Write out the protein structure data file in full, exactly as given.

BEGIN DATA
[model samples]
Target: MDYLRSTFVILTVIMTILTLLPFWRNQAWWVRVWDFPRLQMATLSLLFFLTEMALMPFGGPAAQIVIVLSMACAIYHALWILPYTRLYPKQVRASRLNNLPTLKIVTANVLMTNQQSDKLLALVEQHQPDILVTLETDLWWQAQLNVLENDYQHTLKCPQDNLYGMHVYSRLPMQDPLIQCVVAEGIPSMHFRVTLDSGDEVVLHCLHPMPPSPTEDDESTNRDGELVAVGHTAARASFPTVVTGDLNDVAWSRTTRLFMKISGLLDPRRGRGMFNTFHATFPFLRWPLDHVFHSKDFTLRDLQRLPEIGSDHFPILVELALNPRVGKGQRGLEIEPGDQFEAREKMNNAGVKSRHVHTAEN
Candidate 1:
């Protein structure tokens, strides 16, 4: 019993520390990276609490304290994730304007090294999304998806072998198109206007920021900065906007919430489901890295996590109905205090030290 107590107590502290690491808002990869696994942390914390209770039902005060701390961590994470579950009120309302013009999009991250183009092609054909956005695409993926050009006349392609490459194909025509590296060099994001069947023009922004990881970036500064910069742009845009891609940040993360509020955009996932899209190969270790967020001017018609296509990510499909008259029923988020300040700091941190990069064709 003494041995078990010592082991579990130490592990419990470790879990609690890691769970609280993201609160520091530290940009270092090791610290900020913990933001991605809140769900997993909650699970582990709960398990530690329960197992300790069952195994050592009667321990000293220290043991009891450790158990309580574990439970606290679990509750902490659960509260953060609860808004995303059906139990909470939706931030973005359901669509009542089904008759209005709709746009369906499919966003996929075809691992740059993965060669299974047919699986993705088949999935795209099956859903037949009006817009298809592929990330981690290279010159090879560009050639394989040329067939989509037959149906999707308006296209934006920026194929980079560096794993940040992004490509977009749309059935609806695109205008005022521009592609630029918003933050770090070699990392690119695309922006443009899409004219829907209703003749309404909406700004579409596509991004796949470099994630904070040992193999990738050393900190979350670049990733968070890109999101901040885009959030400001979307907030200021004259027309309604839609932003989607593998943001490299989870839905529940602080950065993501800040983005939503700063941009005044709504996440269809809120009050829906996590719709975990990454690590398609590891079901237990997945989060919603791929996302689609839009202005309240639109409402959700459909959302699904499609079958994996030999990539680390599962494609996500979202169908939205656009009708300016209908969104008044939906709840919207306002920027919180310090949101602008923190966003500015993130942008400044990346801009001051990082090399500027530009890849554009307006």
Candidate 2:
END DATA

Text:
[model samples]
Target: MDYLRSTFVILTVIMTILTLLPFWRNQAWWVRVWDFPRLQMATLSLLFFLTEMALMPFGGPAAQIVIVLSMACAIYHALWILPYTRLYPKQVRASRLNNLPTLKIVTANVLMTNQQSDKLLALVEQHQPDILVTLETDLWWQAQLNVLENDYQHTLKCPQDNLYGMHVYSRLPMQDPLIQCVVAEGIPSMHFRVTLDSGDEVVLHCLHPMPPSPTEDDESTNRDGELVAVGHTAARASFPTVVTGDLNDVAWSRTTRLFMKISGLLDPRRGRGMFNTFHATFPFLRWPLDHVFHSKDFTLRDLQRLPEIGSDHFPILVELALNPRVGKGQRGLEIEPGDQFEAREKMNNAGVKSRHVHTAEN
Candidate 1:
């Protein structure tokens, strides 16, 4: 019993520390990276609490304290994730304007090294999304998806072998198109206007920021900065906007919430489901890295996590109905205090030290 107590107590502290690491808002990869696994942390914390209770039902005060701390961590994470579950009120309302013009999009991250183009092609054909956005695409993926050009006349392609490459194909025509590296060099994001069947023009922004990881970036500064910069742009845009891609940040993360509020955009996932899209190969270790967020001017018609296509990510499909008259029923988020300040700091941190990069064709 003494041995078990010592082991579990130490592990419990470790879990609690890691769970609280993201609160520091530290940009270092090791610290900020913990933001991605809140769900997993909650699970582990709960398990530690329960197992300790069952195994050592009667321990000293220290043991009891450790158990309580574990439970606290679990509750902490659960509260953060609860808004995303059906139990909470939706931030973005359901669509009542089904008759209005709709746009369906499919966003996929075809691992740059993965060669299974047919699986993705088949999935795209099956859903037949009006817009298809592929990330981690290279010159090879560009050639394989040329067939989509037959149906999707308006296209934006920026194929980079560096794993940040992004490509977009749309059935609806695109205008005022521009592609630029918003933050770090070699990392690119695309922006443009899409004219829907209703003749309404909406700004579409596509991004796949470099994630904070040992193999990738050393900190979350670049990733968070890109999101901040885009959030400001979307907030200021004259027309309604839609932003989607593998943001490299989870839905529940602080950065993501800040983005939503700063941009005044709504996440269809809120009050829906996590719709975990990454690590398609590891079901237990997945989060919603791929996302689609839009202005309240639109409402959700459909959302699904499609079958994996030999990539680390599962494609996500979202169908939205656009009708300016209908969104008044939906709840919207306002920027919180310090949101602008923190966003500015993130942008400044990346801009001051990082090399500027530009890849554009307006």
Candidate 2: